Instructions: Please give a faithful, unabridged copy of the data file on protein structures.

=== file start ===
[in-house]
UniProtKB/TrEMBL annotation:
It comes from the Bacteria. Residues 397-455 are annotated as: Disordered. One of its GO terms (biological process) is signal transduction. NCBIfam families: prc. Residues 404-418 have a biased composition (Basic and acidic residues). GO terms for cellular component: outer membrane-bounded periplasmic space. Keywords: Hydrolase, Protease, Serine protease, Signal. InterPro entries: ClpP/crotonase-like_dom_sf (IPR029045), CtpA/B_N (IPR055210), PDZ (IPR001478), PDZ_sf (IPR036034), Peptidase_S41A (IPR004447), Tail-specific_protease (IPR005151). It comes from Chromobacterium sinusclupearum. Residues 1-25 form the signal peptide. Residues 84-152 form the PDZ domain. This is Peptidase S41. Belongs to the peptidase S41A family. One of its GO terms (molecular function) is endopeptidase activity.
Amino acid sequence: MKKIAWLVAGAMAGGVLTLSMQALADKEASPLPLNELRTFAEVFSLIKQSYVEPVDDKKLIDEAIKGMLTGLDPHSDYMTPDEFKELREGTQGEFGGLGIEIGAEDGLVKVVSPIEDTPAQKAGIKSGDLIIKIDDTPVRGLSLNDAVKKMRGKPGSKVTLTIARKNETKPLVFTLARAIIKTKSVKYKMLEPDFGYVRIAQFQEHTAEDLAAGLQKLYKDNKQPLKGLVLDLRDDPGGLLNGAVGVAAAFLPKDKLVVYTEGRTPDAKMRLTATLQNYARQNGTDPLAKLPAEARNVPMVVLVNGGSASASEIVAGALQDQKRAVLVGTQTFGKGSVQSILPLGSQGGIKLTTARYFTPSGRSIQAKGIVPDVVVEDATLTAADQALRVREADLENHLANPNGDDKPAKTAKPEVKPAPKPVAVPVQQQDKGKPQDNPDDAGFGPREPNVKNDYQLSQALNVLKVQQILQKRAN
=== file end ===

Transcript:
[in-house]
UniProtKB/TrEMBL annotation:
It comes from the Bacteria. Residues 397-455 are annotated as: Disordered. One of its GO terms (biological process) is signal transduction. NCBIfam families: prc. Residues 404-418 have a biased composition (Basic and acidic residues). GO terms for cellular component: outer membrane-bounded periplasmic space. Keywords: Hydrolase, Protease, Serine protease, Signal. InterPro entries: ClpP/crotonase-like_dom_sf (IPR029045), CtpA/B_N (IPR055210), PDZ (IPR001478), PDZ_sf (IPR036034), Peptidase_S41A (IPR004447), Tail-specific_protease (IPR005151). It comes from Chromobacterium sinusclupearum. Residues 1-25 form the signal peptide. Residues 84-152 form the PDZ domain. This is Peptidase S41. Belongs to the peptidase S41A family. One of its GO terms (molecular function) is endopeptidase activity.
Amino acid sequence: MKKIAWLVAGAMAGGVLTLSMQALADKEASPLPLNELRTFAEVFSLIKQSYVEPVDDKKLIDEAIKGMLTGLDPHSDYMTPDEFKELREGTQGEFGGLGIEIGAEDGLVKVVSPIEDTPAQKAGIKSGDLIIKIDDTPVRGLSLNDAVKKMRGKPGSKVTLTIARKNETKPLVFTLARAIIKTKSVKYKMLEPDFGYVRIAQFQEHTAEDLAAGLQKLYKDNKQPLKGLVLDLRDDPGGLLNGAVGVAAAFLPKDKLVVYTEGRTPDAKMRLTATLQNYARQNGTDPLAKLPAEARNVPMVVLVNGGSASASEIVAGALQDQKRAVLVGTQTFGKGSVQSILPLGSQGGIKLTTARYFTPSGRSIQAKGIVPDVVVEDATLTAADQALRVREADLENHLANPNGDDKPAKTAKPEVKPAPKPVAVPVQQQDKGKPQDNPDDAGFGPREPNVKNDYQLSQALNVLKVQQILQKRAN